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Up and Coming: reuzi founder Pat Kane

For this week’s Up and Coming feature, we sat down with Pat Kane – who founded environmentally focused company reuzi in 2018.

Pat’s personal sustainability journey began when she was shocked by the amount of rubbish produced by just herself, her husband and their newborn baby.

After taking the initiative to adjust her lifestyle, she established reuzi to promote The Power of One – which encourages individuals to contribute to our planet, no matter how big or small the contribution.

reuzi.ie stocks everything you need to adjust to a more sustainable-oriented lifestyle.

Just because it’s eco-friendly doesn’t mean it can’t be stylish – the website stocks everything from colourful water bottles and travel coffee cups to stationary and make-up brushes.

Find out more about Pat Kane and reuzi in our exclusive chat below:

Q. How did reuzi come about?

Before starting my entrepreneurial journey, I held various executive positions in the corporate world. I was a senior executive at Digicel in the Caribbean and Central America, as well as Director of Customer Experience at Paddy Power Betfair plc.

It was only when I became a mom for the first time that I realised the amount of rubbish we were going through every day – from plastic wraps and bottles to random boxes and the hundreds of nappies!

I remember thinking, ‘if just two adults and a tiny baby can generate so much waste, imagine an office or a school?’… My initial reaction was to educate myself on recycling and composting. Our end goal as a family has been to replace everything that won’t be recycled or composted with reusable alternatives. It was because of my personal journey that I decided to launch reuzi in 2018.

You will never find me ‘preaching’ about sustainability; I want to educate people about our climate challenges and how one person can make a difference by swapping ‘dirty disposables’ for eco-friendly, durable, reusable products. I want people to address our over-consumption of single-use items. 

My business and life motto is ‘The Power of One’ – one individual, one change, one step at a time, helps to create one better planet!

I want to get to know people in the local community and to find out more about their own ways to create a positive impact and share our knowledge to become more eco-friendly together.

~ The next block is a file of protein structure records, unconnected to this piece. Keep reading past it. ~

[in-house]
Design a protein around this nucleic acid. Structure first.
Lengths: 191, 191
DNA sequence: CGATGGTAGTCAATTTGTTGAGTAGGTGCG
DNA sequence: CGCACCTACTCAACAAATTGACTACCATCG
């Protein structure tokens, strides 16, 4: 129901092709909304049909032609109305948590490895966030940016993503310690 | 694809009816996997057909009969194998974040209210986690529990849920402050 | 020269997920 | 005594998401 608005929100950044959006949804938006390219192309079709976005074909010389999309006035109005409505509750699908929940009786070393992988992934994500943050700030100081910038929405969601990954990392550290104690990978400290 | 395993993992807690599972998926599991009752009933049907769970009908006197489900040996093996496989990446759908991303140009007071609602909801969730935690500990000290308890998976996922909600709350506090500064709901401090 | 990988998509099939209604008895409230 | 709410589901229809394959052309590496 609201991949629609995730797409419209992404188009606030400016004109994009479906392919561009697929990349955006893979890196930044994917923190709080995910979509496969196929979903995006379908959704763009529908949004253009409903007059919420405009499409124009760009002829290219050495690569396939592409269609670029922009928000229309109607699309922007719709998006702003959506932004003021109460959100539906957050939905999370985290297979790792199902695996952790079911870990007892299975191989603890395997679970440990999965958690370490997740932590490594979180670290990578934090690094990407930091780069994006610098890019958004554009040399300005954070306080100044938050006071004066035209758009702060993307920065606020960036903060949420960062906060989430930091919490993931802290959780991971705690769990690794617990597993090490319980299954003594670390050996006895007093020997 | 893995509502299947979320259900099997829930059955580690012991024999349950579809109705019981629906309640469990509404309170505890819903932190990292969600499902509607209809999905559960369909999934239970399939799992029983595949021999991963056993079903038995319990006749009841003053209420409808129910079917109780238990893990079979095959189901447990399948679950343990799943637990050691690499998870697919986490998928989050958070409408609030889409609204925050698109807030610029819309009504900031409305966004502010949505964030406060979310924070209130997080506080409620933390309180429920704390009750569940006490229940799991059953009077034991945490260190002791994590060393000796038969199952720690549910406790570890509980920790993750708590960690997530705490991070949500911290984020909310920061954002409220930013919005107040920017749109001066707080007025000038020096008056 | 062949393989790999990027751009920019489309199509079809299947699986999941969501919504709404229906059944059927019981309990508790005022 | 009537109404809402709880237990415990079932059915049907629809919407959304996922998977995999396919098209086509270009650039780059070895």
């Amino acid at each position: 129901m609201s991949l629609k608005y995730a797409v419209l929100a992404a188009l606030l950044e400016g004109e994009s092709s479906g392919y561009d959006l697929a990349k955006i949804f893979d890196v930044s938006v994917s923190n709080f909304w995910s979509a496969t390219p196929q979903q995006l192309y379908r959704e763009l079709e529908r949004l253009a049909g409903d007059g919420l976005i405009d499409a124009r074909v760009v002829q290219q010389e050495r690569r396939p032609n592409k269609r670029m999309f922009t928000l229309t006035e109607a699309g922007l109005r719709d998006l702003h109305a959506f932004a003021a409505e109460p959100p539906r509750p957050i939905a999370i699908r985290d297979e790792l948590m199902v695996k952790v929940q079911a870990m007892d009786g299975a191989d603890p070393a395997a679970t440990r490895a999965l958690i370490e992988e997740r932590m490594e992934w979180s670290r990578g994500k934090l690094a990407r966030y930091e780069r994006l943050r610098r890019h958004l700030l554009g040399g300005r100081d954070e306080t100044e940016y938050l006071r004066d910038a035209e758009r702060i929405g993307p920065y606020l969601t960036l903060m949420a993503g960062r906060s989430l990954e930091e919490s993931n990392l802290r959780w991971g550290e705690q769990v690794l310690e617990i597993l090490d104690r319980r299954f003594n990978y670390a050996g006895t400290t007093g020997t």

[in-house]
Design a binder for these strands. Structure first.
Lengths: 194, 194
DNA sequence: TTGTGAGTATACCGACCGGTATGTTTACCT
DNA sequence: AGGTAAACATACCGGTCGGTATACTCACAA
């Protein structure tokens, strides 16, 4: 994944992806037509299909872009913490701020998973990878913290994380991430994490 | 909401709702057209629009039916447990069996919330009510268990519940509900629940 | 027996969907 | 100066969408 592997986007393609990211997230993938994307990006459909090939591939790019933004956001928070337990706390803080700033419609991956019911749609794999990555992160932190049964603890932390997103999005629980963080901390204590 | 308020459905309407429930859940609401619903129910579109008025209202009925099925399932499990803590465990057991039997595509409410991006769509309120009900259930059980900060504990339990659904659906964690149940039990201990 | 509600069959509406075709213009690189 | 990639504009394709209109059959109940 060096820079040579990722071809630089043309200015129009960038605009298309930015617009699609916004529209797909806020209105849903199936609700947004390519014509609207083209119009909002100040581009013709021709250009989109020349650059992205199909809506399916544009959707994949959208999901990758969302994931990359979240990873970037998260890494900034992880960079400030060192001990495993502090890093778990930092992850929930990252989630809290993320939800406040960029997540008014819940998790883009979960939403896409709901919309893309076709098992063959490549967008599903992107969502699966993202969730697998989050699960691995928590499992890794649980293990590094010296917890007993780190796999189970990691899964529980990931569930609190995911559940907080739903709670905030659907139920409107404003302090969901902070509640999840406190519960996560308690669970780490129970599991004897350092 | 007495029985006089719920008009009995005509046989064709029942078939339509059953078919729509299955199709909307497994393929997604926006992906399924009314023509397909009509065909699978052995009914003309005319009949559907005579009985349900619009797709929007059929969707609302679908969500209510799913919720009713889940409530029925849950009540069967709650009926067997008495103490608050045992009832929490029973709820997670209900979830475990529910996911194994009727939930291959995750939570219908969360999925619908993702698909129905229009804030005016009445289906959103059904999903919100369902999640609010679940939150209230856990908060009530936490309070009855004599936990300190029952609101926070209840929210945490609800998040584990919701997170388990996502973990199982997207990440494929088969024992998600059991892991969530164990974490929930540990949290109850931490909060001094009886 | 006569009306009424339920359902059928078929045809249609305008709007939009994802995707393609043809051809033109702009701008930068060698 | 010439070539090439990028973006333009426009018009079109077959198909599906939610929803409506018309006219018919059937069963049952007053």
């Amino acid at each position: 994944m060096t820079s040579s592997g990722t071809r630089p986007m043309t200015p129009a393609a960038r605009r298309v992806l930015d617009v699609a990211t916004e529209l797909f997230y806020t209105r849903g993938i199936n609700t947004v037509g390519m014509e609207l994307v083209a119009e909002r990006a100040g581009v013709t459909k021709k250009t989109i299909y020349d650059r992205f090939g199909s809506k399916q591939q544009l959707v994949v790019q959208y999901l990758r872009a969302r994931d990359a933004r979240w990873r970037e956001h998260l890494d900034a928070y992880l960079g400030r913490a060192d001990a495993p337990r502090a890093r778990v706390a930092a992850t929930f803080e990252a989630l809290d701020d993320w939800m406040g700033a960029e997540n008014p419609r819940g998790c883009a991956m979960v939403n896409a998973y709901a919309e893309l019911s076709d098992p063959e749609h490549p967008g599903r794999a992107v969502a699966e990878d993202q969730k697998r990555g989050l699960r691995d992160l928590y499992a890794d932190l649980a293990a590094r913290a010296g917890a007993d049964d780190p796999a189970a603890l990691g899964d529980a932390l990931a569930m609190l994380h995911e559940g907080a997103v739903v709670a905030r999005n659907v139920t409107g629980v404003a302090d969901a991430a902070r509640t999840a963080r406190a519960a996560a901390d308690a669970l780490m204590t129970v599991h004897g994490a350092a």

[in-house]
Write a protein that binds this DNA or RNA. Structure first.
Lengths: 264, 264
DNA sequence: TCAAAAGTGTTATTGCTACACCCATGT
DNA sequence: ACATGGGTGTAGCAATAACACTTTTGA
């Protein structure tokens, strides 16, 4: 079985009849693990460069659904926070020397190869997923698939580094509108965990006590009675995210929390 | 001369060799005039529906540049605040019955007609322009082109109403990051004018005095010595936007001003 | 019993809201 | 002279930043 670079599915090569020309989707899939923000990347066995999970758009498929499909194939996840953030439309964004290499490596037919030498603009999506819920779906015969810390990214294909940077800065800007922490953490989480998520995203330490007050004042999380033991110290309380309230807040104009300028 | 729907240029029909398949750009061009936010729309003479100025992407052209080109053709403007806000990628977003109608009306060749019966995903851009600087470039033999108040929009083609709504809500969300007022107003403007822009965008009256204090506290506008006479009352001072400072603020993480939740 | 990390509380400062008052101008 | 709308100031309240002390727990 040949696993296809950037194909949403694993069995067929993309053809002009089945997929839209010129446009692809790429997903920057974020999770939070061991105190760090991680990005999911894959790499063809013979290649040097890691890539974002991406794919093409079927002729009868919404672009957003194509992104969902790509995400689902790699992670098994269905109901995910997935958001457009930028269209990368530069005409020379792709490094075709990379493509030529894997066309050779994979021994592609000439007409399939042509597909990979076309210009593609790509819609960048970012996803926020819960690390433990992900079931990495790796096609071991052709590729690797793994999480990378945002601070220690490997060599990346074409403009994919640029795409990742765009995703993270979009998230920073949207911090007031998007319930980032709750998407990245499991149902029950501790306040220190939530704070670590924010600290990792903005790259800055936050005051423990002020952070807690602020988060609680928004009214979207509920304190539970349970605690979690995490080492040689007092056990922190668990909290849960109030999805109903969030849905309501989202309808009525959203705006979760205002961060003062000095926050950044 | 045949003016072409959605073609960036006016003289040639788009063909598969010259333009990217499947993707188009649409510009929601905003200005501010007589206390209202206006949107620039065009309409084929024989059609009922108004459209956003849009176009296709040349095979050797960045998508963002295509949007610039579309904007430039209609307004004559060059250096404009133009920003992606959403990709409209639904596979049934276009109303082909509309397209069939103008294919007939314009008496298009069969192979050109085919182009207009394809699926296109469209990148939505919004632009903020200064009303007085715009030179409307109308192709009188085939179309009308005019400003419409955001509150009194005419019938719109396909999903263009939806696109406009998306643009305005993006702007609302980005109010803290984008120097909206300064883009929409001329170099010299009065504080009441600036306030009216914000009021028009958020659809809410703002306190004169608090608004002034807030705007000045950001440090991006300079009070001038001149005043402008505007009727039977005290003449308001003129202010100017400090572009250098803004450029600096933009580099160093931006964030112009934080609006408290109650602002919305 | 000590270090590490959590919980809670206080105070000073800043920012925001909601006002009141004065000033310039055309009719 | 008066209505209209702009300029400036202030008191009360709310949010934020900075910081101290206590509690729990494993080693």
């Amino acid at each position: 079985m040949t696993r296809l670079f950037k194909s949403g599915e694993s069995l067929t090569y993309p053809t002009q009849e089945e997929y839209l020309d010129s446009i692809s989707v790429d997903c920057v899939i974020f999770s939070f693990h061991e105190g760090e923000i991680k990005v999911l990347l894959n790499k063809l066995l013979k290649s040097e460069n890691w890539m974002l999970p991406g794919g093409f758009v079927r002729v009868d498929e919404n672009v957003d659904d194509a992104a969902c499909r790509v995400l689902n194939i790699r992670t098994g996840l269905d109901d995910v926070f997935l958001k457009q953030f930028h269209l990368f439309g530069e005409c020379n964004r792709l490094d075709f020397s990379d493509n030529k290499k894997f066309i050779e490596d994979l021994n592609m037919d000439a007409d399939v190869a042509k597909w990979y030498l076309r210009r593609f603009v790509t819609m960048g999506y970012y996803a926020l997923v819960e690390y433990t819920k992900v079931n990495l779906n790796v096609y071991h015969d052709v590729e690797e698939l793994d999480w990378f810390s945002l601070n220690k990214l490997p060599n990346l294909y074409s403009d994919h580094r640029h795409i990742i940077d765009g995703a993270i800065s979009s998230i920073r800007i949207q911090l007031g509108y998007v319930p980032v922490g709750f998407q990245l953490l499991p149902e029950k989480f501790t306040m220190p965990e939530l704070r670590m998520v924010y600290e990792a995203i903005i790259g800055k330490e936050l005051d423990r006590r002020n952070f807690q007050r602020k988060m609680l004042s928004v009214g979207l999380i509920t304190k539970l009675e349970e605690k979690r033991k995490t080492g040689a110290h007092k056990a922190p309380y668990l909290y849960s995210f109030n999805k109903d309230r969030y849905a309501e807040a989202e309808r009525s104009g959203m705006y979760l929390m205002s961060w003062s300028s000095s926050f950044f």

Q. You’ve spoken about driving your family towards a more sustainable lifestyle, what steps did you introduce in your home?

It all started back when our first baby was just a few months old. We decided to sit down and run a ‘life audit’, a.k.a. look into the areas where we could do better e.g.: reducing our plastic consumption, wasting less food, walking more and driving less.

Q. What is the first sustainable step you would encourage people who want to begin a more sustainable lifestyle to take?  

For me, the first step will always be to use what you have. Some people assume that I will say something like ‘Replace your conventional products with sustainable ones!’ but nope, this is not a sustainable move! Our society has been told that it’s ok to get rid of stuff, or just buy a new one and that’s ok. But by getting rid of existing items that can still do the job for you, you will in fact be generating more waste; so make sure to use whatever you own as much as possible and then, if a certain item needs replacement, consider a sustainable alternative. And remember – sometimes the most sustainable thing you can do is to look for a pre-loved item; from cars to clothing and everything in between, pre-loved is always a good way to get what you want while reducing the impact of your choices on the planet.

Q. What do you believe the ‘stigma’ around sustainability is? 

That sustainability is only for ‘eco warriors’. Sustainability goes far beyond our ecologies, our natural world. A truly sustainable society is one that cares for its individuals – their education, and their well-being. So, next time you hear someone saying ‘Ah, this sustainability thing isn’t for me..,’ ask them to think again. After all, we all want a fairer, more just space where all humans can thrive, right?

Q. reuzi offers ‘house calls’ as a service – can you explain how you help households who are trying to go green? 

Whether you want to contribute to environmental preservation or just reduce your expenses, going green is the perfect solution. By making your home sustainable and eco-friendly, not only will you decrease your household’s ecological footprint, but you’ll also lower your energy and water bills, increase your savings and create a healthy environment for you and your family. I work with families and individuals to identify where most of their waste comes from, and then look for ways to help them reduce their carbon footprint.